Taiwanese-operated vessel steamed out of the Suez last month after the owners reached a compensation deal with Egypt.
The giant container ship Ever Given, which blocked the Suez Canal for six days in March, crossed the waterway again for the first time since it left Egypt after the incident.
The ship, en route from the United Kingdom to China, entered the canal on Friday among a convoy of 26 vessels sailing from the Mediterranean Sea to the Red Sea, the Suez Canal Authority (SCA) said in a statement. Another 36 ships crossed the waterway from the south.
A group of SCA senior pilots and two tugboats escorted the Ever Given throughout its journey through the canal, the authority said.
The Taiwanese-operated vessel, one of the world’s largest container ships, became jammed across the canal in high winds on March 23, halting traffic in both directions and disrupting global trade.
Once it was dislodged, the 400-metre (1,312-foot) vessel left Egypt on July 7, 106 days after becoming wedged across a southern section of the waterway.
— هيئة قناة السويس Suez Canal Authority (@SuezAuthorityEG) August 20, 2021
Translation: In video…the giant Panamanian container ship transits successfully within the northern convoy during the return trip after unloading its cargo coming from the United Kingdom and heading to China #SUEZCANAL
Egypt released the Ever Given after protracted negotiations and a settlement reached between the SCA and the ship’s Japanese owners and insurers. It arrived in the Dutch port of Rotterdam on July 29 before heading to Felixstowe, England.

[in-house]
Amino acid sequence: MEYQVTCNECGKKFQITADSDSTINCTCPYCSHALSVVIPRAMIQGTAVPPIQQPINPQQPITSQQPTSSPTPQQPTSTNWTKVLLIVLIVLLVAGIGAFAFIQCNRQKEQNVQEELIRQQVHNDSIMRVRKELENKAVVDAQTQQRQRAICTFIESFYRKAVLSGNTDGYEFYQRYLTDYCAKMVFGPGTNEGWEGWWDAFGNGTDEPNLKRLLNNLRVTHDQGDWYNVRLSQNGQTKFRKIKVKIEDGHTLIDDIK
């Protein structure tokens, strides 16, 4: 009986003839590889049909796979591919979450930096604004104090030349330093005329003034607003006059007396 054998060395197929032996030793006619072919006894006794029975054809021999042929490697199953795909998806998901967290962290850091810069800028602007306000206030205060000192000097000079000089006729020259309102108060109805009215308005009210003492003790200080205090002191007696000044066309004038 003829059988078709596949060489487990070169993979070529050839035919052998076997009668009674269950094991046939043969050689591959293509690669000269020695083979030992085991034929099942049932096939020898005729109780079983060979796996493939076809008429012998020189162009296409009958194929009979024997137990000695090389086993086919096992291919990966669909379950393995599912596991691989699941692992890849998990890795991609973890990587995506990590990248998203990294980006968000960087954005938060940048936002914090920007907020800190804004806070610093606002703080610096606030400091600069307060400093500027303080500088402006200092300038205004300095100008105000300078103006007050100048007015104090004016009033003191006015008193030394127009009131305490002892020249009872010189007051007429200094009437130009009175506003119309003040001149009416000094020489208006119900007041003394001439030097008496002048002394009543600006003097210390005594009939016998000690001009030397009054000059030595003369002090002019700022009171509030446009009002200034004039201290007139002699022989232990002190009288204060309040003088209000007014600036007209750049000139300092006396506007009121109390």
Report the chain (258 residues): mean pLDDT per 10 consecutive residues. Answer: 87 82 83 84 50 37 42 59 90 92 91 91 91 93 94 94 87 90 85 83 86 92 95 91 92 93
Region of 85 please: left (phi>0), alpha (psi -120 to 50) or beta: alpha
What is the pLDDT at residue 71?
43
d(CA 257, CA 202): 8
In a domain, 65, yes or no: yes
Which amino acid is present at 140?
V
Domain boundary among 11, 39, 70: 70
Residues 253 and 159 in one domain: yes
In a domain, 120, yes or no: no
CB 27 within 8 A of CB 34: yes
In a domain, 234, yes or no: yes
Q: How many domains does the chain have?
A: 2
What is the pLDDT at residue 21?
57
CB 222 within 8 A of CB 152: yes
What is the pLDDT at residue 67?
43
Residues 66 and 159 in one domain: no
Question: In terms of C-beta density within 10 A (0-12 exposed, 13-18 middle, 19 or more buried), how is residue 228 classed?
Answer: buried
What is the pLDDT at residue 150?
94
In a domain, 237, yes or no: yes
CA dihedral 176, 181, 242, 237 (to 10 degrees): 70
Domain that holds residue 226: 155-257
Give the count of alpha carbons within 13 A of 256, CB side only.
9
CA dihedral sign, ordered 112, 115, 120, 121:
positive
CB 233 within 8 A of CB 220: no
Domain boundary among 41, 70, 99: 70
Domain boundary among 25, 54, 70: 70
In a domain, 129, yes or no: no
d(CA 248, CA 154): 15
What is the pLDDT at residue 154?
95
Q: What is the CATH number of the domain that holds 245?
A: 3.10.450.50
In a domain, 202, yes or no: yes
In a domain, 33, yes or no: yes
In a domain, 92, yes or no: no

The terms of the deal were not disclosed publicly but Egypt originally demanded more than $900m in compensation, which it later reduced to $550m.
One employee of the SCA was killed during the rescue operation.
In May, Egypt’s President Abdel Fattah el-Sisi approved a two-year project to widen and deepen the southern part of the canal where the ship ran aground to avoid any repetition of the crisis.
Egypt, which takes tolls from ships traversing the canal, said the crisis cost it as much as $15m per day, while maritime insurers estimated the hit to world trade to be in the billions.
Last month, the SCA’s Osama Rabie said the canal netted Egypt a record $5.84bn in the last tax year, despite the effect of the coronavirus pandemic on world trade plus the cargo ship’s blockage.
Roughly 15 percent of world shipping traffic transits the Suez Canal, the shortest shipping route between Europe and Asia.
Friday’s voyage through the canal was the Ever Given’s 22nd in the waterway.